When brands or extensions fail, the core reason is always that "something happens to break the bond between the consumer and the brand," Haig pointed out. The brand "sins" that can create such breaks, Haig wrote, include "brand amnesia" (forgetting what a brand is supposed to stand for, as Coca-Cola did in introducing New Coke) and "brand ego" (overestimating a brand's importance or capabilities and so entering a market for which a brand is "clearly ill-suited, such as Harley-Davidson trying to sell perfume").
Other wince-inducing examples appear annually in the brand-extension survey of nearly 900 branding experts conducted by the TippingSprung branding firm and Brandweek.
Last year's "winners" in the "Most Inappropriate Brand Extensions" category included Chee-tos-flavored lip balm, a Salvador Dali deodorant stick, Diesel Jeans wine, Chicken Soup for the Soul pet food, Play-Doh perfume and a Lamborghini notebook computer.
Previous years' winners have included Barbie Luxe (upscale interpretations of Barbie's wardrobe for human grown-ups, including a tiara); Hooters Air (an airline touting scantily attired flight attendants) and Harley-Davidson's cake decorating kit. (Obviously, Harley-Davidson also has its share of winners: In 2004, its footwear extension was voted among the best brand extensions.)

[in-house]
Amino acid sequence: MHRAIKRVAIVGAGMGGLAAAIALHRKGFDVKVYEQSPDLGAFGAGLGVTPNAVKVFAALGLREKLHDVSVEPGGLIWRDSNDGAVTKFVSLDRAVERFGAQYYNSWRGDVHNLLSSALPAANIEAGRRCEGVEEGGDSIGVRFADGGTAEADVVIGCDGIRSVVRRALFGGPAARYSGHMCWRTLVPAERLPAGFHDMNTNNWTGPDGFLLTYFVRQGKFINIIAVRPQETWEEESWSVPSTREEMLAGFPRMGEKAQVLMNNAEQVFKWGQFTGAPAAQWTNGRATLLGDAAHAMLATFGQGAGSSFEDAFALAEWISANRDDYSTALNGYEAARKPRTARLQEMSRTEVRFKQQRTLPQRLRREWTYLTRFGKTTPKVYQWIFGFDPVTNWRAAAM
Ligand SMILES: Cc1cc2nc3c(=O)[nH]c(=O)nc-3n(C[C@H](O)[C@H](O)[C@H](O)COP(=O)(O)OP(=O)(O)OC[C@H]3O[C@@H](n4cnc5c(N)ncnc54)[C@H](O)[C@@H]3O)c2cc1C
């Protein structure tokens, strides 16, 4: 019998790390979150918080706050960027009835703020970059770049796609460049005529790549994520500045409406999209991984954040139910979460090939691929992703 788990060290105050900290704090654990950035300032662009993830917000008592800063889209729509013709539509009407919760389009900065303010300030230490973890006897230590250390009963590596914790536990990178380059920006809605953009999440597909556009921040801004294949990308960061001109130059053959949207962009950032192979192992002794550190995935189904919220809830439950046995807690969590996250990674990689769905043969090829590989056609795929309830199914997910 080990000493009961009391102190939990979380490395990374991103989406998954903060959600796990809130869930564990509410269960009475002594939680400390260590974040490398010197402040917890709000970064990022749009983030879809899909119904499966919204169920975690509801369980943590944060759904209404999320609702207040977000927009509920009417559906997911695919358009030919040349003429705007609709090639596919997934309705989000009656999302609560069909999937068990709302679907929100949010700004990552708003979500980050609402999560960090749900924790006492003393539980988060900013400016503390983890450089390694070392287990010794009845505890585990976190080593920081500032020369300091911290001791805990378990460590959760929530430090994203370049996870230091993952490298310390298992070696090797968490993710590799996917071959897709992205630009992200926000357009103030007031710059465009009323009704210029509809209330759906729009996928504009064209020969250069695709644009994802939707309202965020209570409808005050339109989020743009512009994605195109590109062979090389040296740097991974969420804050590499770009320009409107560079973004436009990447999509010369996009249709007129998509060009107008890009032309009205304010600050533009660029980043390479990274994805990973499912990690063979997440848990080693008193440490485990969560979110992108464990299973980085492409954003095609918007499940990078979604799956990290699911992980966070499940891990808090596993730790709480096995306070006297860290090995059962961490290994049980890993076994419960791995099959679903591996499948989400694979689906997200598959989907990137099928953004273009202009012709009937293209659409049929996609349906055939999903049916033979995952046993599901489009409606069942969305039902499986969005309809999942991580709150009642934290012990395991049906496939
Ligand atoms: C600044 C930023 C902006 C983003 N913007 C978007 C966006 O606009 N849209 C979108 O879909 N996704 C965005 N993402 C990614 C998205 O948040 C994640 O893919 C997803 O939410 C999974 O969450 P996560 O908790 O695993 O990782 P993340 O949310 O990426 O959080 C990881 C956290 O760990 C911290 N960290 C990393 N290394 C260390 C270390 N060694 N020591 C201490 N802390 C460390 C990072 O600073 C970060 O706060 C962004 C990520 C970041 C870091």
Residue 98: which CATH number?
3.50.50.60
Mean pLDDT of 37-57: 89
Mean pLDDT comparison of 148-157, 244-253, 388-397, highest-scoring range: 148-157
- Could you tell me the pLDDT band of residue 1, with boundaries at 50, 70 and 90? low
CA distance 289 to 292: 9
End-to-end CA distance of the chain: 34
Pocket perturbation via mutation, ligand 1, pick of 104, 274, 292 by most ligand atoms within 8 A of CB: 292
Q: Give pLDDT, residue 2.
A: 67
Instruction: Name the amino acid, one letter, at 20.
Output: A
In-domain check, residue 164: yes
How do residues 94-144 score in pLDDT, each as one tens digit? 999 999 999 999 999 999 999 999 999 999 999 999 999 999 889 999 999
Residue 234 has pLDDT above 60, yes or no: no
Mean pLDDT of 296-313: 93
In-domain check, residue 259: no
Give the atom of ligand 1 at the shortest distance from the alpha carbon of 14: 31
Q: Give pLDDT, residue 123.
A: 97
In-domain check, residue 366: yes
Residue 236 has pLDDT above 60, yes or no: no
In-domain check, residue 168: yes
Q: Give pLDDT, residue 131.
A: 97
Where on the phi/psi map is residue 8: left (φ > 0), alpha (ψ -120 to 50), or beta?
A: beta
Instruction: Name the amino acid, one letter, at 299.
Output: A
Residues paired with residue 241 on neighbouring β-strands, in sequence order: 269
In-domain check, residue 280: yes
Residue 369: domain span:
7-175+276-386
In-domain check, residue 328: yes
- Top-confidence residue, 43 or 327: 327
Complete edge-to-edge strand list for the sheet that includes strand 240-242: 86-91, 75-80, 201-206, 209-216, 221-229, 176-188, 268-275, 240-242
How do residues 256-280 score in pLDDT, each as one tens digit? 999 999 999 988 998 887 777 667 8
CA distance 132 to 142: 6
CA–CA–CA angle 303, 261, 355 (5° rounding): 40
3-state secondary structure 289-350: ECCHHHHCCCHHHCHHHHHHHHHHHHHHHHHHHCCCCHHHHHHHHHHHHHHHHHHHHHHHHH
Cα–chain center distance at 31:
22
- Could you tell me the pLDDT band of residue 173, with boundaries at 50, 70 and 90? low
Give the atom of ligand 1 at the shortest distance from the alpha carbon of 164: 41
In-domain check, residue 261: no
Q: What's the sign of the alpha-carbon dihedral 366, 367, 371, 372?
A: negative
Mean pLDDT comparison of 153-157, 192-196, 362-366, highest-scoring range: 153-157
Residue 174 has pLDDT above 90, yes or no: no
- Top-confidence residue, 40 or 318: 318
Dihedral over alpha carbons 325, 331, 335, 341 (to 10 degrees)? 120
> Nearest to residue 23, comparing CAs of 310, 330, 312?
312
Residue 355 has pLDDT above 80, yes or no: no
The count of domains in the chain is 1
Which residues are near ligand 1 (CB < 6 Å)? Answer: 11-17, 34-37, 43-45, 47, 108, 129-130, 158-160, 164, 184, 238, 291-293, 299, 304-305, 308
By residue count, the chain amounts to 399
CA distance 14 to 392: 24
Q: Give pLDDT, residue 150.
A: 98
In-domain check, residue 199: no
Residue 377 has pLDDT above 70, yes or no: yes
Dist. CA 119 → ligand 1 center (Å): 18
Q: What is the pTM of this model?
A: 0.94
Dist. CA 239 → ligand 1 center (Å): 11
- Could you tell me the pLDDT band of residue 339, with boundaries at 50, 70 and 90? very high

Yet, as Passikoff and other experts acknowledge, it's far from unheard-of for an illogical, inappropriate extension to succeed on purely monetary terms. The problem is the damage that out-of-left-field extensions can do to a brand's core equity--particularly if the brand was not rock-solid to begin with.
While Coca-Cola and McDonald's (which spent $100 million on marketing an Arch Deluxe burger geared to adult tastes and sold "about six burgers," according to Passikoff) can withstand a big incongruity hit, others have not been so fortunate.
As TippingSprung CEO Robert Sprung told BusinessWeek, "Just because it sells well doesn't mean it's good for the brand in the long term."